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Compliance Roundup: New bill to boost cross border AML sharing, OIG chides FinCEN on 314, and more

Thursday, September 21, 2017   (0 Comments)
Posted by: Brian Monroe
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By Brian Monroe
September 21, 2017

In this ACFCS Compliance Roundup, we highlight several key recent developments with clear current and potential implications for financial crime professionals, including bank compliance officers, federal investigators, the country’s financial intelligence unit and more.

In short, an influential lawmaker released a draft anti-money laundering bill that would allow banks to more easily and broadly share suspicious activity reports (SARs) within the organization across international borders, the U.S. Treasury Office of Inspector General (OIG) exhorted the Financial Crimes Enforcement Network (FinCEN) to expand information collected form banks under 314(a) provisions and the bureau warned on corrupt cash from Venezuela.

Here are some critical details about the various initiatives and how they could affect compliance professionals:

Last week, U.S. Congressional Representative Ed Royce (R-CA), a senior member of the House Financial Services Committee, circulated draft legislation, the “Anti-Money Laundering Modernization Act, which he said “strengthens the United States anti-money laundering (AML) and countering terrorism financing (CTF) system,” in a bevy of ways.

The bill, which is looking for broader bipartisan support, would do that by, among other things, lowering the burden on bank reporting requirements, reducing report volumes and improving intelligence to FinCEN and allowing the bureau to charge when stakeholders ask for “administrative rulings,” a kind of question and answer session where answers have the force of guidance.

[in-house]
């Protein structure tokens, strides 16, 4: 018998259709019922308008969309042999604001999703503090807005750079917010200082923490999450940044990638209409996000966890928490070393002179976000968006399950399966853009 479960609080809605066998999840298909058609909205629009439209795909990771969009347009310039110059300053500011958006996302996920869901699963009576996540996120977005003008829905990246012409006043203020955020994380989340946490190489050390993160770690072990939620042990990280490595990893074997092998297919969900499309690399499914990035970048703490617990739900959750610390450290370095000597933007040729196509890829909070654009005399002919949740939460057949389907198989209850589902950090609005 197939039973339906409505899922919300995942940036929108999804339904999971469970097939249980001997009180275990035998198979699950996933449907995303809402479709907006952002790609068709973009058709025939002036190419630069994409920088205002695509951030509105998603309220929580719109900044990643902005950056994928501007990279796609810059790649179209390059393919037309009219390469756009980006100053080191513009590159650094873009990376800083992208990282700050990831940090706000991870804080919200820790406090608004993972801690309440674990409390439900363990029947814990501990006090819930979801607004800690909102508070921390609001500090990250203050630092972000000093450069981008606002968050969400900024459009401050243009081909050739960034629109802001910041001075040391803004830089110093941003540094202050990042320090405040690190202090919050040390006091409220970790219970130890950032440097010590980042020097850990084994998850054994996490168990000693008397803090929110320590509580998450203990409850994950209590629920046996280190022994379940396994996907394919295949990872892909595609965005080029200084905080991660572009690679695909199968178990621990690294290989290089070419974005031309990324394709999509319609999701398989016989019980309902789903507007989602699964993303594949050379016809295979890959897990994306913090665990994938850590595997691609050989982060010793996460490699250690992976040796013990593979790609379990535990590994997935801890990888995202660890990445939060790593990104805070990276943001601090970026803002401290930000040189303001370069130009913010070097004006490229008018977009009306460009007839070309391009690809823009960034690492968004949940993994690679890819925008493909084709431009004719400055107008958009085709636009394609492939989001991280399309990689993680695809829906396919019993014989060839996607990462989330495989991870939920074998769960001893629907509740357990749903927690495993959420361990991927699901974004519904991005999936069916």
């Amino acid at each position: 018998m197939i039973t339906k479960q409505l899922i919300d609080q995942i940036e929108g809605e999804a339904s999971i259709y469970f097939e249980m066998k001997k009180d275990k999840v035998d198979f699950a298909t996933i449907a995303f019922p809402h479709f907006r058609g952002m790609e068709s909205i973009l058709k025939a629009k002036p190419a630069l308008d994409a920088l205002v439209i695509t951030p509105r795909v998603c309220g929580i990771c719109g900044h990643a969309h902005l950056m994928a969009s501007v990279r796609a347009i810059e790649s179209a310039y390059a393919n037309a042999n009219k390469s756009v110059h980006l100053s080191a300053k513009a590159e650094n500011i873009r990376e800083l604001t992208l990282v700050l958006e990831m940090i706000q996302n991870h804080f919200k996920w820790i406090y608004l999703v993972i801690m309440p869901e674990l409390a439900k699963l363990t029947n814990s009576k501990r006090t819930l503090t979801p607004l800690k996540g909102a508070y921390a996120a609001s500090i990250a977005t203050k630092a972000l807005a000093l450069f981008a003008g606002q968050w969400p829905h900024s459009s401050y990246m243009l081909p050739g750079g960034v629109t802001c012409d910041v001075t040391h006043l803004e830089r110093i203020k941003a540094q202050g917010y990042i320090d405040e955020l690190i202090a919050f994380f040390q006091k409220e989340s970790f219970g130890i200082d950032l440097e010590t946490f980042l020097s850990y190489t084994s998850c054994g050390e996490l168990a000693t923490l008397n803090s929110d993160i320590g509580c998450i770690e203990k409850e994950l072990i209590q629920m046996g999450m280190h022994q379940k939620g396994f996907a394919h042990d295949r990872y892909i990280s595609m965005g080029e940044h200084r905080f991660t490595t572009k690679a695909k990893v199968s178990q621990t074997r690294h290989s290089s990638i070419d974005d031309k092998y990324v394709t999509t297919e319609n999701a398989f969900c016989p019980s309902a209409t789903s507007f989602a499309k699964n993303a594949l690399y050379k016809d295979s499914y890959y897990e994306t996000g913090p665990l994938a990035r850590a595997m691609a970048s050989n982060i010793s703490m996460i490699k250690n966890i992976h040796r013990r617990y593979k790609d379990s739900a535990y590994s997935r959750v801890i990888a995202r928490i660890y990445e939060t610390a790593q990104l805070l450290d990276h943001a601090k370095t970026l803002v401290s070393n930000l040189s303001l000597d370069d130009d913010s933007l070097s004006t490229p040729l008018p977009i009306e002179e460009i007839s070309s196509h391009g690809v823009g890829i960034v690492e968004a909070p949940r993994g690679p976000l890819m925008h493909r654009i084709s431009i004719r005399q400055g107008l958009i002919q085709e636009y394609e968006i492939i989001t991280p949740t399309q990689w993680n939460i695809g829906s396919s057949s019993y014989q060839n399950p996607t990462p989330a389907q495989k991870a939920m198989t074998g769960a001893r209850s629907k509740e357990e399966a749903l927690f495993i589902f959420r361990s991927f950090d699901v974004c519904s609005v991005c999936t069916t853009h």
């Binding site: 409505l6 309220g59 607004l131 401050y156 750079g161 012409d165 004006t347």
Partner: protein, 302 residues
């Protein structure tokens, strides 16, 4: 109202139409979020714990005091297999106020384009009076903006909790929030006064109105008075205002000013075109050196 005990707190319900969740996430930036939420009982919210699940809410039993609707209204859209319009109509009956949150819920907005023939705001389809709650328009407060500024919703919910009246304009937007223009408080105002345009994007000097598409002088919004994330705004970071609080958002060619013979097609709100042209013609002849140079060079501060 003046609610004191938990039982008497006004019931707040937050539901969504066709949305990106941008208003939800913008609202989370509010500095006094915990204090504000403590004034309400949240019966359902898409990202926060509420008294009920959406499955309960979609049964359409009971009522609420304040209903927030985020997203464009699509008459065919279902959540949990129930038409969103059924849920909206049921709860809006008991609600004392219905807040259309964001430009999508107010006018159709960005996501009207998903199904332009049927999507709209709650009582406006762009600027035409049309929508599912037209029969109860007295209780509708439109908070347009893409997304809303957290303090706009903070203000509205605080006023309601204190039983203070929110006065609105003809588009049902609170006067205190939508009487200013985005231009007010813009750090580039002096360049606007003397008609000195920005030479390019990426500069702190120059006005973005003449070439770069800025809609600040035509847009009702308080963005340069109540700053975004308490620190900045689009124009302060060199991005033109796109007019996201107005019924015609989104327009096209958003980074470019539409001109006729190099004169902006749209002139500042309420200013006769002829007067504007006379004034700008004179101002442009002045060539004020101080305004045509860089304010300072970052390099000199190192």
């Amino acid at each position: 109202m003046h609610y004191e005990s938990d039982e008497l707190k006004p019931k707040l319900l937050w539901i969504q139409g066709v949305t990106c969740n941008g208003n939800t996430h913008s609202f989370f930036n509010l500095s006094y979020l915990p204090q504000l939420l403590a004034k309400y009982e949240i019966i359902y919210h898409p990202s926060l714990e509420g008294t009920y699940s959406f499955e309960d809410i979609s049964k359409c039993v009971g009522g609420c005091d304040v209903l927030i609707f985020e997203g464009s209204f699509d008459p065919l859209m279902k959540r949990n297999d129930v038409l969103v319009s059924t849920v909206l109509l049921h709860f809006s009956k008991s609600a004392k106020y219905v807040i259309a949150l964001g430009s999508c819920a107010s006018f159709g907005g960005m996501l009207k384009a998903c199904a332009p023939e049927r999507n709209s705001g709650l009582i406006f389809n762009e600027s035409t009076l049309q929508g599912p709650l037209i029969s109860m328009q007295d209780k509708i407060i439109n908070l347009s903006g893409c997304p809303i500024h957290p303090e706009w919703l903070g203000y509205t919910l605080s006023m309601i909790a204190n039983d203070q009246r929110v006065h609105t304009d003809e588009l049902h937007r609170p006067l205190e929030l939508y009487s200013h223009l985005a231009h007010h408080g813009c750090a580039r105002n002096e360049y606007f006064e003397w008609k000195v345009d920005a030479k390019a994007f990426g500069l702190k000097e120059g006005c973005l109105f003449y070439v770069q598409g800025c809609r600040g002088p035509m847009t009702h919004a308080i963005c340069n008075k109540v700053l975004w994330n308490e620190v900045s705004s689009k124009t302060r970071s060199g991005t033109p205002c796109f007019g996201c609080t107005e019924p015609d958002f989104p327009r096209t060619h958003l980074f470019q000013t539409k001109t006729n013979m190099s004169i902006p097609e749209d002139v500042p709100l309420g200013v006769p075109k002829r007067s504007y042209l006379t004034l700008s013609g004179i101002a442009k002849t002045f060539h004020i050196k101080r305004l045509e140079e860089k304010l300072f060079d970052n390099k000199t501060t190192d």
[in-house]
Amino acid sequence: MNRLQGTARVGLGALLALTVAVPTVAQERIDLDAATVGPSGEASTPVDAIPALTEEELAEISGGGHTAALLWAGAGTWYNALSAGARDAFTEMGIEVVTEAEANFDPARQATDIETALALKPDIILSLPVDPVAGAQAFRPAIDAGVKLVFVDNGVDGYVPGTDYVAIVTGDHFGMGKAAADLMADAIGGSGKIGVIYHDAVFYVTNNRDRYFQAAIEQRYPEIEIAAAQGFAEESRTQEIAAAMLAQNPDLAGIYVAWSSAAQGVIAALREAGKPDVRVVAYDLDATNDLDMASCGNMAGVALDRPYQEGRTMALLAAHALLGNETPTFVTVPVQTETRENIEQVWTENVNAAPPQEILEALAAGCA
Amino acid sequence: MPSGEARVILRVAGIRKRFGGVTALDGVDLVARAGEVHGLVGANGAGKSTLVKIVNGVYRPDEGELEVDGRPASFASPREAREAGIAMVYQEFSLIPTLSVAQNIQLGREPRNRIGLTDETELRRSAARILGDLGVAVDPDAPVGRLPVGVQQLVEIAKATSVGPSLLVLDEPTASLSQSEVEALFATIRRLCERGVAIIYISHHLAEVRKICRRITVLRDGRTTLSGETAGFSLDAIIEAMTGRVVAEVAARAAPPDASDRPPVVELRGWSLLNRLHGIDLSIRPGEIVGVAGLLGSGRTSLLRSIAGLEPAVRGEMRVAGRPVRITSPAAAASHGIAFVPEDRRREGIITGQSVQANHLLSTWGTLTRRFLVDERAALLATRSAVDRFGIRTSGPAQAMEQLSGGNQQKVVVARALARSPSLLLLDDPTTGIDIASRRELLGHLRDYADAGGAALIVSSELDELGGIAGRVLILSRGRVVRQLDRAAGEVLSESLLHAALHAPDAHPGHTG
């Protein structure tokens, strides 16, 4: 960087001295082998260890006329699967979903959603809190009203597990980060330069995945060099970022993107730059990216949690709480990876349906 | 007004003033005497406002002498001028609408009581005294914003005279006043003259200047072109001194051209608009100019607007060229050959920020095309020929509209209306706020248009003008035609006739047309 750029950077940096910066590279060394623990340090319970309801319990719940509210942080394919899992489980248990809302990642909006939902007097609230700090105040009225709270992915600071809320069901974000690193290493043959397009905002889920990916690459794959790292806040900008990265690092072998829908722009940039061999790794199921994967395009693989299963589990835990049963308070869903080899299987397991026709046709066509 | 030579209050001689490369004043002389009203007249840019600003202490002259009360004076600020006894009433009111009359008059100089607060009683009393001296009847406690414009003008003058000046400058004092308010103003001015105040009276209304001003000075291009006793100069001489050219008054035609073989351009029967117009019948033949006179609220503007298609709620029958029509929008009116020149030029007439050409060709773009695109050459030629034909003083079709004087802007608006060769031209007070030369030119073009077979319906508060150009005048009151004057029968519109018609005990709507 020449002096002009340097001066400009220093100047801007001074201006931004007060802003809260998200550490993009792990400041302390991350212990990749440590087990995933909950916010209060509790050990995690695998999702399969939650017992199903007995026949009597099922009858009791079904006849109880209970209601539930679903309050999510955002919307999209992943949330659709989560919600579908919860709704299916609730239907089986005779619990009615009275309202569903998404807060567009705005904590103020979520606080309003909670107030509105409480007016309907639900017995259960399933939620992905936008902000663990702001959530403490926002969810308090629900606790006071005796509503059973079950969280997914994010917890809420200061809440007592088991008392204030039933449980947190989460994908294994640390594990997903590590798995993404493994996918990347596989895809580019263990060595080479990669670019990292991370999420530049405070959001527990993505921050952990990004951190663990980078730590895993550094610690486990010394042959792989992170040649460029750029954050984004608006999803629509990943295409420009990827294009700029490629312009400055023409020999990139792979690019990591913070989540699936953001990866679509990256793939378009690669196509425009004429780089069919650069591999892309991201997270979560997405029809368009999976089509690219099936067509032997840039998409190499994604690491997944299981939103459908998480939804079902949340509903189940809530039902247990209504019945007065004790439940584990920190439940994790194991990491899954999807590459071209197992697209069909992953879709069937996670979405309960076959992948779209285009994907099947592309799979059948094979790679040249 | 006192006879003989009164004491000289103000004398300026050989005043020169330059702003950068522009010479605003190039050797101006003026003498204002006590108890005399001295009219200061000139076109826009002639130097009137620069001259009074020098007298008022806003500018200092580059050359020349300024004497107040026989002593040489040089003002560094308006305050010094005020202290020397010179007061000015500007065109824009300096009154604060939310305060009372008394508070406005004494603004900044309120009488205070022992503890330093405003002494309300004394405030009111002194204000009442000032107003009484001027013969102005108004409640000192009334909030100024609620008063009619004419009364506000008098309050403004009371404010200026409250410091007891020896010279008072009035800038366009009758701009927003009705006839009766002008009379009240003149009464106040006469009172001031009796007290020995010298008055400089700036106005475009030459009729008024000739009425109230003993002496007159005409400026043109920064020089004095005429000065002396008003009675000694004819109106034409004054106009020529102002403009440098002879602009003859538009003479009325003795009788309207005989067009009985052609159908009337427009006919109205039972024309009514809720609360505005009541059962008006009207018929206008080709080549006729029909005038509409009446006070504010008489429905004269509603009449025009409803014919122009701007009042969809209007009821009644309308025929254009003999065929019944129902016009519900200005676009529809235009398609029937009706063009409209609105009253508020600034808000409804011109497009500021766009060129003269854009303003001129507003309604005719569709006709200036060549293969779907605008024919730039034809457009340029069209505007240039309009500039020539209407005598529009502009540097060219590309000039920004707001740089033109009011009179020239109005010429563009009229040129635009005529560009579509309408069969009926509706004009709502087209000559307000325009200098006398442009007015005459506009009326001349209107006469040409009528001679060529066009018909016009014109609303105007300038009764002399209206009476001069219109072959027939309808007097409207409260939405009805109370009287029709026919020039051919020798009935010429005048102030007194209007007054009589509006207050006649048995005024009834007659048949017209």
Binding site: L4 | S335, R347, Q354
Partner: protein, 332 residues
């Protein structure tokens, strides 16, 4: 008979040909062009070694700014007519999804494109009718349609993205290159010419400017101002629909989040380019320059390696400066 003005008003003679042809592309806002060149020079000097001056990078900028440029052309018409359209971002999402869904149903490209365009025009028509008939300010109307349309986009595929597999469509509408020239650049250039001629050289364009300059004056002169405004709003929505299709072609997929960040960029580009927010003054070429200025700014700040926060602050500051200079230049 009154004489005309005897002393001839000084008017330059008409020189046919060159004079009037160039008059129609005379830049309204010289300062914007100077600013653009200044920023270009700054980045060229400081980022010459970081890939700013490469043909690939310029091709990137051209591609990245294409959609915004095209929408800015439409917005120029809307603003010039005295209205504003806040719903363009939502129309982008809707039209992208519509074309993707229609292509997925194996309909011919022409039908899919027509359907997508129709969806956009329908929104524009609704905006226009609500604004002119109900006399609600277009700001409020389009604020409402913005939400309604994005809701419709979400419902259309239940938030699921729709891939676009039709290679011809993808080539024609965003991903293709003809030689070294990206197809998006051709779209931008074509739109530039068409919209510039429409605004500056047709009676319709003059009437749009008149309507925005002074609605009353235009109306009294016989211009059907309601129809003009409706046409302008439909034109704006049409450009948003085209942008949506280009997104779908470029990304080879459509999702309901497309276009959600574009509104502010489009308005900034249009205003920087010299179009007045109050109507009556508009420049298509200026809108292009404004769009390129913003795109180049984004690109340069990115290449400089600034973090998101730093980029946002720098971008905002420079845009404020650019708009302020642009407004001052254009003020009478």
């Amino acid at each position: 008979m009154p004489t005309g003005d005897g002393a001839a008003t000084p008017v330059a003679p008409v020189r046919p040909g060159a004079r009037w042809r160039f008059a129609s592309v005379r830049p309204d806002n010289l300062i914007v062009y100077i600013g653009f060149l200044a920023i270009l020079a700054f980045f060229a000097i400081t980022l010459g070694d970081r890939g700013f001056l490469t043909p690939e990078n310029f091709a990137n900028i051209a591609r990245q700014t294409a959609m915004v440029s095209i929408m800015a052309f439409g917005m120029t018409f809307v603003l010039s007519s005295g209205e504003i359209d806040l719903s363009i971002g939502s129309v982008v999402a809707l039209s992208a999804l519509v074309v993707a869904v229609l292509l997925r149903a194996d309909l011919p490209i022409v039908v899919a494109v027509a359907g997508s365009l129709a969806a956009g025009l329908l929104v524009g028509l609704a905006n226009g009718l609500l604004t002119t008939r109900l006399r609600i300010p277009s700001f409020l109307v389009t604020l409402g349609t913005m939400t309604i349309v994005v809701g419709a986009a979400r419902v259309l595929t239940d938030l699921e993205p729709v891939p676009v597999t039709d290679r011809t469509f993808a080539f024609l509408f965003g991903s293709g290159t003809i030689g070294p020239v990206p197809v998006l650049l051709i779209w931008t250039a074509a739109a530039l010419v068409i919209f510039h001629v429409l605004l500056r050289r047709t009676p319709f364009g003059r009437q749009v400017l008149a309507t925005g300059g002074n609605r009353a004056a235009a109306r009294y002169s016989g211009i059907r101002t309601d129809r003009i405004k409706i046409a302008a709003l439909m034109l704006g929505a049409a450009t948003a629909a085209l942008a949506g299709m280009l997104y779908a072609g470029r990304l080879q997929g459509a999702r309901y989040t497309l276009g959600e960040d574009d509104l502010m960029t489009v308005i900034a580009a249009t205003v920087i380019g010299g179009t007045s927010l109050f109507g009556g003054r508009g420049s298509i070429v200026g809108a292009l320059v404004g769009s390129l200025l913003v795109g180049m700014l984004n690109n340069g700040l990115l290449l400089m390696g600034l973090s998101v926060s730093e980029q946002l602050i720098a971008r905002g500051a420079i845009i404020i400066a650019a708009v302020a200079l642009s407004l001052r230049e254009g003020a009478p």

Full text of the draft bill can be viewed HERE and a section-by-section HERE. Here is a breakdown. The bill would:

Update the customer transaction reporting (CTR) thresholds from the current $10,000 to whatever inflation and the Consumer Price Index would be today, from the original rates set in 1972. Online calculators set the new potential figure near $60,000.

The same update of the CTR threshold would also be done for the suspicious activity report (SAR), currently set at $5,000. In that same vein, a potential updated figure could be as high as $30,000, according to online inflation calculators.

Clearly authorize domestic financial institutions to share SARs with their foreign branch or affiliates if they are located in a country that (1) is a member of the Financial Action Task Force (FATF) or a FATF-Style Regional Body; and (2) has adequate privacy protections and data security measures in effect to prevent the unauthorized disclosure of such reports.

Tighten the FinCEN deadline for administrative rulings to 90 days, but ensure the rulings have “precedential value” and can be relied upon writ large by the industry. FinCEN can also charge requesters for any questions they answer.

Establish a mechanism to communicate financial crime priorities to banks and regulators and provide “qualitative feedback on information shared by financial institutions with the Department of Treasury, including CTRs and SARs.”

Lastly, a request that Treasury create a report to Congress on AML efforts, effectiveness and results gives a glimpse of what could be coming for future compliance program requirements, including some wish list items mentioned in a prior Congressional AML initiative, including a centralized guidance and financial crime red flag database for banks.

To read ACFCS coverage of the prior bill introduced in May, please click here.

In the spirit of better helping law enforcement create, strengthen and close cases based on AML reports, the Treasury OIG, the agency’s watchdog, stated in a report that FinCEN is not using the full potential of U.S. Patriot Act Section 314(a) powers, an ability allowing the bureau to ask about suspicious individuals or anything related to them to the entire banking sector at once.